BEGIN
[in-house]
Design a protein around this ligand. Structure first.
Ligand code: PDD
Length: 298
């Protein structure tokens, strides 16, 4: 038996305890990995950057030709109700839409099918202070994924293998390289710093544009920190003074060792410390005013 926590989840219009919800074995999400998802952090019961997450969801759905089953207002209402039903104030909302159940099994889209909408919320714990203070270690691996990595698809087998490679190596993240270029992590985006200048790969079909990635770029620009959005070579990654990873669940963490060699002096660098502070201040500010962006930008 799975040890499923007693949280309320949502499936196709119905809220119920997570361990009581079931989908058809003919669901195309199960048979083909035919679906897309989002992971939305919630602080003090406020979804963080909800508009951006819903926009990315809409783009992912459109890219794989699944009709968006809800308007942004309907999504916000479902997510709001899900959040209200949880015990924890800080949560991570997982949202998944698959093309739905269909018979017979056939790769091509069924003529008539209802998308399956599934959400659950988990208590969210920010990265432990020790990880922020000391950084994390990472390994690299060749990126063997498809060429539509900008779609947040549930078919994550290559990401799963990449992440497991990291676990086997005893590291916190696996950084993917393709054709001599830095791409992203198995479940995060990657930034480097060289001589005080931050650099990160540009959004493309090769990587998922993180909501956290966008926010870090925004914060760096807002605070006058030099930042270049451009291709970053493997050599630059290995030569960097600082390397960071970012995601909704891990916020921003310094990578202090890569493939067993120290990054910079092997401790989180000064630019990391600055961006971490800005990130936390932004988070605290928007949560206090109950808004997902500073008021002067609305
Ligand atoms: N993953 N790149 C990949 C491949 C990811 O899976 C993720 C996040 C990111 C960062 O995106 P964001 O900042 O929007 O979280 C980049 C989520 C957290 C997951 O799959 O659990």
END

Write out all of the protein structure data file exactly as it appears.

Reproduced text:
[in-house]
Design a protein around this ligand. Structure first.
Ligand code: PDD
Length: 298
């Protein structure tokens, strides 16, 4: 038996305890990995950057030709109700839409099918202070994924293998390289710093544009920190003074060792410390005013 926590989840219009919800074995999400998802952090019961997450969801759905089953207002209402039903104030909302159940099994889209909408919320714990203070270690691996990595698809087998490679190596993240270029992590985006200048790969079909990635770029620009959005070579990654990873669940963490060699002096660098502070201040500010962006930008 799975040890499923007693949280309320949502499936196709119905809220119920997570361990009581079931989908058809003919669901195309199960048979083909035919679906897309989002992971939305919630602080003090406020979804963080909800508009951006819903926009990315809409783009992912459109890219794989699944009709968006809800308007942004309907999504916000479902997510709001899900959040209200949880015990924890800080949560991570997982949202998944698959093309739905269909018979017979056939790769091509069924003529008539209802998308399956599934959400659950988990208590969210920010990265432990020790990880922020000391950084994390990472390994690299060749990126063997498809060429539509900008779609947040549930078919994550290559990401799963990449992440497991990291676990086997005893590291916190696996950084993917393709054709001599830095791409992203198995479940995060990657930034480097060289001589005080931050650099990160540009959004493309090769990587998922993180909501956290966008926010870090925004914060760096807002605070006058030099930042270049451009291709970053493997050599630059290995030569960097600082390397960071970012995601909704891990916020921003310094990578202090890569493939067993120290990054910079092997401790989180000064630019990391600055961006971490800005990130936390932004988070605290928007949560206090109950808004997902500073008021002067609305
Ligand atoms: N993953 N790149 C990949 C491949 C990811 O899976 C993720 C996040 C990111 C960062 O995106 P964001 O900042 O929007 O979280 C980049 C989520 C957290 C997951 O799959 O659990």